What the world can learn from China’s 11.11 Sales

China's Single's Day or 11.11 dwarfs the biggest sale days the world over including the more well publicised Black Friday and Cyber Monday in the United States. Martech firm iClick Interactive highlights a few best practices that can be adopted by the rest of the world when it comes to the use of technology, content and marketing

Ever since the first Single’s Day or 11.11 sale began in China in 2009, every year, there would be plenty of commentary explaining the phenomenon to an international audience. This doesn’t appear to be necessary any more.

In its tenth edition, the event has grown into the world’s largest shopping festival where 180,000 brands participate and consumers take less than two hours to spend a phenomenal 100 billion yuan ($14.5 billion).

It is an event in its own right. Not an imitation, but something that that consistently pushes the boundaries in terms of content, tie-ins and consumption. In 2012, sales for Single’s Day first surpassed Cyber Monday and Black Friday in the US.

And so effectively targeting buying power has been a focus for many international marketers. Given the volume of purchases and the willingness of Chinese consumers to embrace new technologies, it is also a true testing ground for brand owners.

iClick has observed three major changes during this year’s 11.11.

  1. Mini-programs take centre stage

For brands and retailers, mini-programs have become a core marketing channel. Considering WeChat’s active user traffic of one billion, this comes as no surprise. Within WeChat’s ecosystem, mini-programs provide connectivity between social, content and payment. For example, retailers in a shopping mall can distribute free parking vouchers using mini-programs and they will be able to generate information on the arrival time and spending habits, as well as which customers own a car.

According to official figures from WeChat, as of July 2018, it had over one million mini-programs with users opening them four times per day on average.

A survey by China’s big data service provider QuestMobile has identified the most important functions of a mini-program: effectively combining online and offline activities; sharing customer information; serving as a standalone e-commerce platform; and the ability to combine the physical aspects of a promotional campaign with social marketing.

According to Yan Lee, head of international at iClick: “Mini-programs provide the ideal tool for enterprises undergoing an intelligent transformation to be competitive in the new retail environment. Retailers now have an unmatched level of customer insight which they can leverage to develop new traffic, enhance business operations and dramatically advance their retail upgrade.”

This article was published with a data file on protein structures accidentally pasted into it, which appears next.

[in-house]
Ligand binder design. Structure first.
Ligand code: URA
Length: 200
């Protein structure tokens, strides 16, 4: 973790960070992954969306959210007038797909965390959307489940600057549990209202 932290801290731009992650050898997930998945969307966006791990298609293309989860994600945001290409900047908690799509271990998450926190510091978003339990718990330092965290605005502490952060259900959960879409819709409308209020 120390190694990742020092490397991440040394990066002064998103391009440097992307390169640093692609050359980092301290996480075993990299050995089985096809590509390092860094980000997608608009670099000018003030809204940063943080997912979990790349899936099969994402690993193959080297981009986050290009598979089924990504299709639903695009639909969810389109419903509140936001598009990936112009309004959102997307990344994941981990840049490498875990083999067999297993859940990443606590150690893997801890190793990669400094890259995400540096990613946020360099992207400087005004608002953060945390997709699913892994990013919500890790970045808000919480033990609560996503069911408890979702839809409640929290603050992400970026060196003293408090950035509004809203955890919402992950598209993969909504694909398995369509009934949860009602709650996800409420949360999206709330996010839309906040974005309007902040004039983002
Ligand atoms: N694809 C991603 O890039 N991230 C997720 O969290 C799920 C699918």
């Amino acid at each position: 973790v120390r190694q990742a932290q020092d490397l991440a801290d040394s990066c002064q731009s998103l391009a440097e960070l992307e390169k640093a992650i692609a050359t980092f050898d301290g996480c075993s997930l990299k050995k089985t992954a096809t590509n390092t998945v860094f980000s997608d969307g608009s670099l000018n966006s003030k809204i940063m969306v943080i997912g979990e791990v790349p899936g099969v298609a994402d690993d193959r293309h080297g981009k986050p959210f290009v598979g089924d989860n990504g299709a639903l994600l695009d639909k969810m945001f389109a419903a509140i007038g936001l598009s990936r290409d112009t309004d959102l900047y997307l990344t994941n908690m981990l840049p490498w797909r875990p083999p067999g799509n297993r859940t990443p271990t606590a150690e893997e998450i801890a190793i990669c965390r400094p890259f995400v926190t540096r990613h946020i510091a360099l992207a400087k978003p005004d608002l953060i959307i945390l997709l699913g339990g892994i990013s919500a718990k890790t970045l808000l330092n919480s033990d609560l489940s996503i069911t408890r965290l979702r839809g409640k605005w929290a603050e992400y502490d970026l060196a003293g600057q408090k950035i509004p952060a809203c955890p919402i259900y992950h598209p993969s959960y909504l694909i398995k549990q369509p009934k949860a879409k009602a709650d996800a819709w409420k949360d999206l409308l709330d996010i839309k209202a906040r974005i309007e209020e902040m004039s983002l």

1. Growth in short videos

To get the most out of 11.11, a significant number of iClick’s clients launched marketing campaigns both in the lead-up, and during the festival. Data reveals clients who used short video sharing platforms, such as TikTok and Kuaishou, received the majority of the 11.11 targeted advertising traffic.

Lee said: “No other marketing platform has caught our attention quite like video. Advertisers are placing great importance on the production and use of video creatives and during 11.11 it was simply a case of no video, no marketing.”

  1. Community is king

In China there are Social+ platforms that present a lucrative opportunity for both content and word-of-mouth marketing. Xiaohongshu, which is backed by Alibaba, has 150 million users consisting of the social media generation born in the 90s. They use the platform like Facebook and are highly influenced by shopping tips and insight from celebrities.

A completely different interest group is Babytree, an online parenting platform that uses a similar vertical marketing model and presents another attractive opportunity for advertisers.

These platforms provide an engaging forum for like-minded people and are realising the tangible benefits of teaming up with major e-commerce operators.

All the above changes highlight how brands and consumers are moving away from purely a transactional shopping experience. Instead, it’s more collaborative and relationship-based, changing the dynamics of e-commerce. There is ample evidence of this phenomenon developing in other markets.

Lessons from the East

At $30.8 billion, the online sales of 11.11 surpassed this year’s figures for Black Friday ($6.22 billion) and Cyber Monday ($7.9 billion) in the US. But both these figures for the US represent a 24% and 20% respective increase on last year.

While the results illustrate a gap in retail ecosystems between the two largest economies, there is clearly a growing preference by US consumers for digital channels rather than elbowing through crowded stores the day after their Thanksgiving dinner.

In a poll by Periscope By McKinsey in October 2018, roughly a month before the sales, nearly half of the respondents (48%) said that they plan to shop more online while fewer (28%) said they plan to do so in-store.

China’s highly sophisticated online shopping behaviour has leapfrogged the development of retail that has been commonplace in most Western countries. In doing so, it now sets the world standard in e-commerce.

Any marketers who want to successfully compete in this huge and attractive market need to be digital and mobile led in their strategies. But 11.11 does not just represent an opportunity for sales in China. The trends and habits should be understood as they will provide the inspiration for other markets where online spending is also growing.

Brands that can adapt these successful models may well be able to transfer success.


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